Thursday, October 10, 2013

Oct 10 2013

Today has been a good day. I am still recovering from the flu, so I slept until about 1pm. But then I got up and had a shower and got dressed. I spent most of the shower coughing up a lung, and felt a bit shaky and tired after, but much better than I had done for several days. I even washed my hair!
Then my mum and I had a girly afternoon..of a sort. I was completely exhausted when we got home, but at least I got out of the house.

These random days of 'brightness' are what make you continue on when you have PTSD/anxiety/depression. They are what remind you that there is something different out there. Unfortunately the illness is such that often these good days are overshadowed and ignored or used by those outside of the situation as proof of a lack of a problem. They will say things like 'oh, so you are having a good day' in such a way that you end up feeling guilty that you dared to have a good day whilst claiming to be depressed.

Many people who haven't had clinical depression think that it is like when they are a bit sad. But it isn't. I have days when I'm a bit sad, and I had them before I descended into hell. There is a vast difference.

A bit sad doesn't make every bone in your body ache.

A bit sad doesn't remove the colour from everything around you.

A bit sad doesn't make you wish you didn't exist.

A bit sad doesn't make you feel alone in a room full of people.

A bit sad doesn't make your bed your best friend.

A bit sad doesn't hang around when everything is going great in your life.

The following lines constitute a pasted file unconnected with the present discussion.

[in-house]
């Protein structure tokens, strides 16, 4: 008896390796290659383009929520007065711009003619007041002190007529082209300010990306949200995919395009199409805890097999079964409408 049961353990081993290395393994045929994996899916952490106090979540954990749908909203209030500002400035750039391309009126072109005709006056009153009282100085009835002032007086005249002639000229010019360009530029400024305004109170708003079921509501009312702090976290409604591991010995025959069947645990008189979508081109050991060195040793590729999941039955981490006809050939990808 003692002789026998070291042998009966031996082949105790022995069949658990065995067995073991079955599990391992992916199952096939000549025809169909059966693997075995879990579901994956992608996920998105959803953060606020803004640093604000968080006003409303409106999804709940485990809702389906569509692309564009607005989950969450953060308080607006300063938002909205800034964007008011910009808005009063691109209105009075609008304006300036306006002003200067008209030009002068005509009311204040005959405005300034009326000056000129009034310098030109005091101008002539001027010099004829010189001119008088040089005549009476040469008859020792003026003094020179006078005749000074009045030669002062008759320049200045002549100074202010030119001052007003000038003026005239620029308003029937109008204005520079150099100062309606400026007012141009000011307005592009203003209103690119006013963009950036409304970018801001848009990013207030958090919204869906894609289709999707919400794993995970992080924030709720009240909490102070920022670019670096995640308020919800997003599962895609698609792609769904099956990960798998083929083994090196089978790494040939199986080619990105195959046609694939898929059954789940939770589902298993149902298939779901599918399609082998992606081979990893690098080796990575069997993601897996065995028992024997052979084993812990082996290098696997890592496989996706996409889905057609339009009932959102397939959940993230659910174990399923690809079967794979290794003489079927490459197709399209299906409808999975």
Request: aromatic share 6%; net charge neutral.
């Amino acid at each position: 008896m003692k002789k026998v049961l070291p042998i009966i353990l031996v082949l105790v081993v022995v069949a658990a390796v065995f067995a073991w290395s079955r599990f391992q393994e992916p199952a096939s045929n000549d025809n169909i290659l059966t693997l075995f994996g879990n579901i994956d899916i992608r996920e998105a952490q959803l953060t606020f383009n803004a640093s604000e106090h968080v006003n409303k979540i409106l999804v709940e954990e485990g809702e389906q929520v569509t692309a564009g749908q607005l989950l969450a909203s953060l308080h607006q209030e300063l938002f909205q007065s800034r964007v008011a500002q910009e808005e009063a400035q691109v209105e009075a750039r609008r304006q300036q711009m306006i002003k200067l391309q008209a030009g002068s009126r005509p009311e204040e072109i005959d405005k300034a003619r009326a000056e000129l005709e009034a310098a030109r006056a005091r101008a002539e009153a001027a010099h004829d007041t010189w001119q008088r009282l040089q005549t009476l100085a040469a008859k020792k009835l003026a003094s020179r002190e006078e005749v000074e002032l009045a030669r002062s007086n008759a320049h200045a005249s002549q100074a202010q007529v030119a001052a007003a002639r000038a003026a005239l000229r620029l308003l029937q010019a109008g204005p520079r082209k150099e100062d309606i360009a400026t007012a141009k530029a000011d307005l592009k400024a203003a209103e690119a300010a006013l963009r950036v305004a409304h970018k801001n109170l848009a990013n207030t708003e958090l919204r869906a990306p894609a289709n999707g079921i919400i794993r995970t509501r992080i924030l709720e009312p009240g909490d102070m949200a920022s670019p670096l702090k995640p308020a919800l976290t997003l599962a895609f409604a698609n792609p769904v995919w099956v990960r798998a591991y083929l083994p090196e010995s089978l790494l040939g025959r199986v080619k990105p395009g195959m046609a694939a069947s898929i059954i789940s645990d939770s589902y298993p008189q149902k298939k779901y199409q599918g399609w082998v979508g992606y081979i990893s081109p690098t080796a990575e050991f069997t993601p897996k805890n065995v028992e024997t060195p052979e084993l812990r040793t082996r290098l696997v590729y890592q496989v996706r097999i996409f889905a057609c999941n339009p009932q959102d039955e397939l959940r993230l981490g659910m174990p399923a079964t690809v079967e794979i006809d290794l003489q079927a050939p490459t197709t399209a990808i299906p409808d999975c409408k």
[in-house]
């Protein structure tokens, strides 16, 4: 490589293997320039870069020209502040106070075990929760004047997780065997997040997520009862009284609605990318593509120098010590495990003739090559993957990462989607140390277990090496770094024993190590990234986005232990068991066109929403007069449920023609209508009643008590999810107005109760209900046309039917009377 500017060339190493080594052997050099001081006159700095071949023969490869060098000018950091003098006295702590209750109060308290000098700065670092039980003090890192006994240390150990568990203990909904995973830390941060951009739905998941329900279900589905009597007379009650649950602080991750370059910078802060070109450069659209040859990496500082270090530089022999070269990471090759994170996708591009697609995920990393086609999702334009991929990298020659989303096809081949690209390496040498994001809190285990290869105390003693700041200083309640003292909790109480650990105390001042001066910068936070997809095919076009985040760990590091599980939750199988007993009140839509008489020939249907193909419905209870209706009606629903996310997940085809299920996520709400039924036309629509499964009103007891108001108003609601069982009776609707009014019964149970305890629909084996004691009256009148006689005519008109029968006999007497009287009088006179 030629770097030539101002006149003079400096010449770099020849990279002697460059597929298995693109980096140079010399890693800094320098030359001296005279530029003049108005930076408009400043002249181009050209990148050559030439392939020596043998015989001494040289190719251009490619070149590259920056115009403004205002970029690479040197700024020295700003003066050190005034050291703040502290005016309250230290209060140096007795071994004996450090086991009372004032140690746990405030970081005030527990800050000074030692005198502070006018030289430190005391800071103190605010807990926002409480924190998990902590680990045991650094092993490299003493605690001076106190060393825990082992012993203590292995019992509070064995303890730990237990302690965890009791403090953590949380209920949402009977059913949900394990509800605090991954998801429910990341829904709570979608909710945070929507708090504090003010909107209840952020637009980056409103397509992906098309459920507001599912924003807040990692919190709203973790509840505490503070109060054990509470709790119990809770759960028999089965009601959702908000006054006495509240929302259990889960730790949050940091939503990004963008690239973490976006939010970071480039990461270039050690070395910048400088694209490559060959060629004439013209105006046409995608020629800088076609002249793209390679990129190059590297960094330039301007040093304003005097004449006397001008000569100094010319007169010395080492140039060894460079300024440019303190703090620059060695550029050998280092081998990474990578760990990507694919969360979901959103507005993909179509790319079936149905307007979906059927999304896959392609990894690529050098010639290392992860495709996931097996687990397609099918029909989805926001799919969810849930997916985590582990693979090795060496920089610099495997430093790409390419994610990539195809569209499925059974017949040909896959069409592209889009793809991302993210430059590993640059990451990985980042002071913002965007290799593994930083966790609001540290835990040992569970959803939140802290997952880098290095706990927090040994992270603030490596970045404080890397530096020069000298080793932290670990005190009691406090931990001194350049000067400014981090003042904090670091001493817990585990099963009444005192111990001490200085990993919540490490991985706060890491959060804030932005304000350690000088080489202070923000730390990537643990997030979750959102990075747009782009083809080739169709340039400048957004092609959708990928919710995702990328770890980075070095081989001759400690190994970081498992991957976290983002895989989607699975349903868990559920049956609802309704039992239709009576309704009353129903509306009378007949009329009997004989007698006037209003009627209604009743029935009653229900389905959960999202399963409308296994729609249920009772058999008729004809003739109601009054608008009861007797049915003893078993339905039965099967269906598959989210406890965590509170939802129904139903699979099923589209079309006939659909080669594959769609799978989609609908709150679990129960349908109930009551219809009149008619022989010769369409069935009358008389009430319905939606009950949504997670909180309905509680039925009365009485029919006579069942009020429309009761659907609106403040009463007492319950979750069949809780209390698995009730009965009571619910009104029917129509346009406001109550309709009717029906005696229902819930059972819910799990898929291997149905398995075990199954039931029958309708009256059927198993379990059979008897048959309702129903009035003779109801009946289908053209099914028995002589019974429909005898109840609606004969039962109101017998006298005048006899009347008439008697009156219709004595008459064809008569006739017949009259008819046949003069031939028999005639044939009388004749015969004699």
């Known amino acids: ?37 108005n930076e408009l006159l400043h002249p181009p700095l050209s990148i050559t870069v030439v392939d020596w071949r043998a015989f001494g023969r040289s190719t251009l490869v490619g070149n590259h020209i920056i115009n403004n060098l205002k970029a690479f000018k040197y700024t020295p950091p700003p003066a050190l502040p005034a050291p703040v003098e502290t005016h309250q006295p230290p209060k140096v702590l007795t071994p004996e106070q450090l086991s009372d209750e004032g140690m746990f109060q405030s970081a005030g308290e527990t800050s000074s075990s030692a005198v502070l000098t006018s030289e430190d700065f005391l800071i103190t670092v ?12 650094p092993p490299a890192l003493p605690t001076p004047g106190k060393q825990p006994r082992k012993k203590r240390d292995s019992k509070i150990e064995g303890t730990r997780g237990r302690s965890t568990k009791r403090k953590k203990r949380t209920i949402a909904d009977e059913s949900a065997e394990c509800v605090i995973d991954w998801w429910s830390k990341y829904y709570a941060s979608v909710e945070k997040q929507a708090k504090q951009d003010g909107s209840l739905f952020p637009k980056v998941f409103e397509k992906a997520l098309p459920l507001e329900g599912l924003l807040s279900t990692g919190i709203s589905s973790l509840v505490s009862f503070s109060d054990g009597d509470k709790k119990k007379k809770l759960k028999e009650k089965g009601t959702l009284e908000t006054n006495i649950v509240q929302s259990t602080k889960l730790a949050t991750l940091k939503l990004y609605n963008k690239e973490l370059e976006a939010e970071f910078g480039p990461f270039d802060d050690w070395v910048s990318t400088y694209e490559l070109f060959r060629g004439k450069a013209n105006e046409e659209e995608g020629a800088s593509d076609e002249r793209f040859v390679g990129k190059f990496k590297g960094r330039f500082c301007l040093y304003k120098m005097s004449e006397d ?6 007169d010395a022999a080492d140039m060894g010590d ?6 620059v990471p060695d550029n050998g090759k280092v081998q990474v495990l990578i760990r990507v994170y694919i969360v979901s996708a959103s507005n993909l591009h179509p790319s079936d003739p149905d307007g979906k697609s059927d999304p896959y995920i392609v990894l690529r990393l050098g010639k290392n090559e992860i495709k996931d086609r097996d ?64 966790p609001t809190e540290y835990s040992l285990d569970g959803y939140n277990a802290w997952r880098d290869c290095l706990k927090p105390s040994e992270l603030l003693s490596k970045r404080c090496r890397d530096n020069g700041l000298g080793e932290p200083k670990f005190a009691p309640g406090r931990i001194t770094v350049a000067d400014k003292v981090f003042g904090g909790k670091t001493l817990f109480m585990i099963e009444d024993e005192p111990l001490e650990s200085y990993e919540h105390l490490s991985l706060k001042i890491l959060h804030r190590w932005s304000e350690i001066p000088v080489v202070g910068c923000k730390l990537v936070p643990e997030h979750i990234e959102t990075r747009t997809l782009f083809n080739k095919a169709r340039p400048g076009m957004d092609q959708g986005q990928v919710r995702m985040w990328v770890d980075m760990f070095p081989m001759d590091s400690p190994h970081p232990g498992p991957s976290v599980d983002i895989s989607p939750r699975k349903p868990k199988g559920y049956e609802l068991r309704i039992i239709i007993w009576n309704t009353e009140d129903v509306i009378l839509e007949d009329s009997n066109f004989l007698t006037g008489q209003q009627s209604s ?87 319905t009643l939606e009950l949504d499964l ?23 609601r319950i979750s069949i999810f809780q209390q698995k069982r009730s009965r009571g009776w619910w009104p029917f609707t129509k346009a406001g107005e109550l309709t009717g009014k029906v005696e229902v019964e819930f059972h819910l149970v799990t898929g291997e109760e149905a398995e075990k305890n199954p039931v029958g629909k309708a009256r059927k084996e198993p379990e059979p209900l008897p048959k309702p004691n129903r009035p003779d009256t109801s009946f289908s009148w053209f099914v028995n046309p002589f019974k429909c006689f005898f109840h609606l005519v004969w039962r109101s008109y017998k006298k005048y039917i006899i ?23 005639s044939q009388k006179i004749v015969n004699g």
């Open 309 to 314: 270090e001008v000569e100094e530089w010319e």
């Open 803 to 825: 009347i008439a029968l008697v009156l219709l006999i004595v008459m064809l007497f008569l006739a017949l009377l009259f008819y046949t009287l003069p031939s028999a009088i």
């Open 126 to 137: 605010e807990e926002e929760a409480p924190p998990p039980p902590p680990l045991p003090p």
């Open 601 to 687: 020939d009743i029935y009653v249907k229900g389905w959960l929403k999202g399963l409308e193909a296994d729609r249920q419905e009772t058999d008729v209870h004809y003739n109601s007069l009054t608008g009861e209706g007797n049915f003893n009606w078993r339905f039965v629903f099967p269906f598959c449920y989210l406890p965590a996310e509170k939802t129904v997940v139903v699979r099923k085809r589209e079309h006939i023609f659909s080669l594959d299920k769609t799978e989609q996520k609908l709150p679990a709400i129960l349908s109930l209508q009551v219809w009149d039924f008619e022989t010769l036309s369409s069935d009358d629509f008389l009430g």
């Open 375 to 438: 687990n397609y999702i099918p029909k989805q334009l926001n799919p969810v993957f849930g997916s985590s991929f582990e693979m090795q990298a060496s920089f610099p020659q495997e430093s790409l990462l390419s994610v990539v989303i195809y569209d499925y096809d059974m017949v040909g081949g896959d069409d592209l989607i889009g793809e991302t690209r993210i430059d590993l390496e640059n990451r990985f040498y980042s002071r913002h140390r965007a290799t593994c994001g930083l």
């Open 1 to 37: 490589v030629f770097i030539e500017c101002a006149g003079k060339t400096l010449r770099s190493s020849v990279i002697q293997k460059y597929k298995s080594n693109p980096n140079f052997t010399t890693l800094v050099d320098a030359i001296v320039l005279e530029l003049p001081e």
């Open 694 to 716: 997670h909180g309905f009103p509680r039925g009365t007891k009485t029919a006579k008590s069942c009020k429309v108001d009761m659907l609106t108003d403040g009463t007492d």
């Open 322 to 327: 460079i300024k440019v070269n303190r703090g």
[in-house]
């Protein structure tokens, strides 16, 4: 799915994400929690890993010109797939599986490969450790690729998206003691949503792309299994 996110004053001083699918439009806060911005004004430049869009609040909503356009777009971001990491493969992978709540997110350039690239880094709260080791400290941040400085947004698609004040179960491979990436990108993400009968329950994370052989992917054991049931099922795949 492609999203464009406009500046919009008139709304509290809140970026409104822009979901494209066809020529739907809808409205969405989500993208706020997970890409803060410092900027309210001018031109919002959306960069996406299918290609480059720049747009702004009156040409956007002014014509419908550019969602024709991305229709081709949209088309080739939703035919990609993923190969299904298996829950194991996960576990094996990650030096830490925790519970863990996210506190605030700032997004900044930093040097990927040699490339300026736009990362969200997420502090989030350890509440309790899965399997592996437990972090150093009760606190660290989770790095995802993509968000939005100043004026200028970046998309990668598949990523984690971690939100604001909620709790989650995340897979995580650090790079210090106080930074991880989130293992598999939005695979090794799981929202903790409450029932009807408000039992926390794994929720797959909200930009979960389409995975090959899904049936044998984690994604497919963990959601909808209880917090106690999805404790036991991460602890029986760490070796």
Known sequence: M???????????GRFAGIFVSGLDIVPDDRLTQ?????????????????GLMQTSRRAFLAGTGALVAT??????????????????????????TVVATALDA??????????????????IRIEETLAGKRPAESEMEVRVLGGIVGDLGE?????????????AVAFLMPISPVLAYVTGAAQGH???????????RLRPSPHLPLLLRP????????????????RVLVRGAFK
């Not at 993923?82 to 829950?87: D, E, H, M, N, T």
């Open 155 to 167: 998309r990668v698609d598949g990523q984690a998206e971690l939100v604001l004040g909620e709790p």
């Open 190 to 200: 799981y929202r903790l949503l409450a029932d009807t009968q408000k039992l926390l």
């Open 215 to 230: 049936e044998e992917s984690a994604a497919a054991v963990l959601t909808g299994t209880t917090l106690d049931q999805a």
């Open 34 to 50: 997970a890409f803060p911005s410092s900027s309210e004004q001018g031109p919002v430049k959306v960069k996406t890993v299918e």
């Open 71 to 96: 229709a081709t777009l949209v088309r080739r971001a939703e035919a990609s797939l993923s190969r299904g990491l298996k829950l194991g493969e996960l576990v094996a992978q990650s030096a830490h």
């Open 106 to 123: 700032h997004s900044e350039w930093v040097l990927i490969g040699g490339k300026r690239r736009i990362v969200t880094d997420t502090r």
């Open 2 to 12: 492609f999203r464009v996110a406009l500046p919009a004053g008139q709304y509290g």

And that is the crux of it. Depression is being miserable on the happiest day of your life, when everything is going great, when you are successful, when you have tonnes of friends and everything going your way. Depression is not a symptom of your lifestyle. People who have nothing, who struggle every day, do not always end up with depression. Nor does money and success shield you from the possibility of getting depression. Depression is an illness that can strike anyone, anywhere, at any time.

Today happens to be World Mental Health Day. It is ironic that we have a world day for it, and yet it is still an illness with a lot of stigma, that many do not understand. And it isn't their fault they don't understand. Many sufferers of depression do not really understand either.

I am a highly logical, analytical, intelligent and educated adult. This illness doesn't 'make sense' to me in so many ways. I have struggled to accept that I have PTSD/depression/anxiety. I cannot understand how everything can be really positive around me and yet I feel miserable, anxious, exhausted and hopeless. The day I realised that my illness isn't a symptom of my life, but an actual illness was a light bulb day. It hasn't magically made it go away, and it hasn't made it any easier, but it has helped me not be so hard on myself.

Sufferers are often their own worst enemy. They think they should be fine, or happy or whatever, and instead of being kind to themselves they will beat themselves up (emotionally/psychologically) which makes matters worse. The internal dialogue of a depression/mental illness sufferer can be one of the most damaging things in their lives. And if anyone in their lives says anything similar, due to a lack of understanding or compassion, then the sufferer will take this as a conformation of their own worst thoughts.

So if you know someone who has any sort of mental illness, be compassionate, let them know that their illness doesn't define them, that you love/like them just the same regardless. Don't pity them, don't undermine them and for God's sake never ever tell them to 'just get over it.'

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